Trade myths and realities in the Covid era

by | Jun 1, 2020 | Trade Working Blog

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Diversifying the New Zealand export economy is a worthy goal but requires a dose of commercial reality.

A 2018 study of 183 economies’ dependence on China, undertaken by the Australian Department of Foreign Affairs and Trade, showed that New Zealand ranked 93rd.  So, do we have a problem or not ?

Too many eggs in one trade basket?

The DFAT study is quoted in a new report published by the Australia China Relations Institute (ACRI) at the University of Technology in Sydney under the intriguing title “Covid-19 and the Australia-China relationship’s zombie economic idea”.  You’ve got to hand it to our Aussie mates for their plain speaking!

Australia’s ranking in the  DFAT study was 46th, with our other great trade competitor, Chile, not far behind at 49th.  Australia and Chile both send around 35 percent of their goods exports to China, whereas New Zealand’s concentration is at just under 25 percent (adding receipts from tourism and international education will push that figure higher).  

For some sectors the concentration is even higher: for dairy its 35 percent, for meat around 50 percent, and for our $320 million crayfish trade, it’s a whopping 90 percent.  

How did this trade concentration come about?

The growing affluence of China’s middle class has made them eager to buy the goods we have to sell, especially our safe, sustainable and nutritious food products and a range of other high quality goods and services.  And since 2008 New Zealand and China have enjoyed a free trade agreement that has enhanced the trading environment between us.

The fact of the matter is that diversifying our business away from China whether for crayfish, dairy or other products, is not a straightforward matter.

Other markets may not be readily available, or they are highly protected by tariffs and non-tariff barriers, or – as in the case of those crayfish – they are not prepared to pay the premium China pays.

To make the case for diversification is to ask exporters to accept lower prices in other markets while good opportunities are passed to our competitors: this is a difficult proposition at the best of times but all the more so right now, when the Chinese market is saving our economy’s bacon.

Haven’t we been negotiating with partners other than China ?

While the ground-breaking FTA with China has certainly led the way in terms of export growth, we have negotiated FTAs with a range of partners – including Singapore in 2001, ASEAN in 2008 and the Comprehensive and Progressive Trans-Pacific Partnership (CPTPP) in 2018, to mention just a few.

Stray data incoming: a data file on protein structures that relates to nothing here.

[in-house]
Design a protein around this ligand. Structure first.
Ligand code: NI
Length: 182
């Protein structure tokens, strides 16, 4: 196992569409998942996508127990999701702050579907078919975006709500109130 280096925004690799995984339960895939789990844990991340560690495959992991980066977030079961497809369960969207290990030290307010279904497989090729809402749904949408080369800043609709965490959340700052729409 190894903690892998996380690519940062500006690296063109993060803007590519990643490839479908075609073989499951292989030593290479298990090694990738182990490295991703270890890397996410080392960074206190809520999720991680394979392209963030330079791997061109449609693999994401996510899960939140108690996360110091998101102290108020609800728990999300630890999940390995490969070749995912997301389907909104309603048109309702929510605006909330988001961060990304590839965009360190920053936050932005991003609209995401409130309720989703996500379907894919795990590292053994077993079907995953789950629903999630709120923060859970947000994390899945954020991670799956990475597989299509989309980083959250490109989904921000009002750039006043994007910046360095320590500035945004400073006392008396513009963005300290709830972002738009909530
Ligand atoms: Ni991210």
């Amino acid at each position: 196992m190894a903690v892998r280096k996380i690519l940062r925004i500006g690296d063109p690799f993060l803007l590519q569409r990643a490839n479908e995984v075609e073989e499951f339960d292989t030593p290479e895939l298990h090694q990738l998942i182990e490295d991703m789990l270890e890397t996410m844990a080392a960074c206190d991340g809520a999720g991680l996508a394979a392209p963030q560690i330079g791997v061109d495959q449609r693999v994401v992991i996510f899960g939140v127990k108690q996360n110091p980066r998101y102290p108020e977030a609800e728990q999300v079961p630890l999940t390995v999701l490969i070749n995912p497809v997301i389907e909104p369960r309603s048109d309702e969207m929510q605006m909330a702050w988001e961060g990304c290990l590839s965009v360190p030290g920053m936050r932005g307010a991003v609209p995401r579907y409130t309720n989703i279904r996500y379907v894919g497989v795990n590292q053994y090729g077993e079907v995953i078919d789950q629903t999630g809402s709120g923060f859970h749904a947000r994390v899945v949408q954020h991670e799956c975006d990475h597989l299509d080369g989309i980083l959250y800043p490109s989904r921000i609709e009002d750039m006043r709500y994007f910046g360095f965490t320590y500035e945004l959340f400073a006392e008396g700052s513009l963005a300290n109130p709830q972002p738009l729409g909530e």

Our long-standing quests for FTAs with the United States or India have not been able to be realised – not for want of trying, but because, unlike China, those particular economies, for their own protectionist reasons, do not want to do the deal with us, at least not on terms we would be willing to accept.

New Zealand is currently negotiating a new FTA with the European Union and hopes to start one shortly with the UK.  With luck, both these FTAs will yield new commercial possibilities, but they will not any time soon reduce the attractiveness of the Chinese market.  That’s because neither the EU nor UK FTAs are likely – short of a miracle – to deliver new access for anything like the volume or value of products currently traded with China.  

New vs traditional sectors

Our export trade with China and other markets is dominated by traditional sectors especially food, fibre and forestry. Sectors like IT, creative and film, along with high tech or specialised manufacturing, are all ones on which we should be increasingly focusing our attention to identify barriers to their further development, whether in relation to infrastructure, research or investment.   That work was important before the crisis, now it is vital.

There are therefore some very good reasons why New Zealand  has been able to expand its exports to China so strongly and equally why further diversification remains as challenging as ever.   

What we really need is both continuing strength in the trade relationship with our biggest partner and continuing efforts to open up new markets where these exist; both continuing growth in traditional exports, and more urgent work to develop promising new sectors.

Zombie ideas aside, the more realistic we are about the task before us, the more likely we are to succeed.

This post was prepared by Stephen Jacobi, Executive Director of the NZ International Business Forum.  This post is an abridged version of an op ed published on The Spinoff. For the full article see here.

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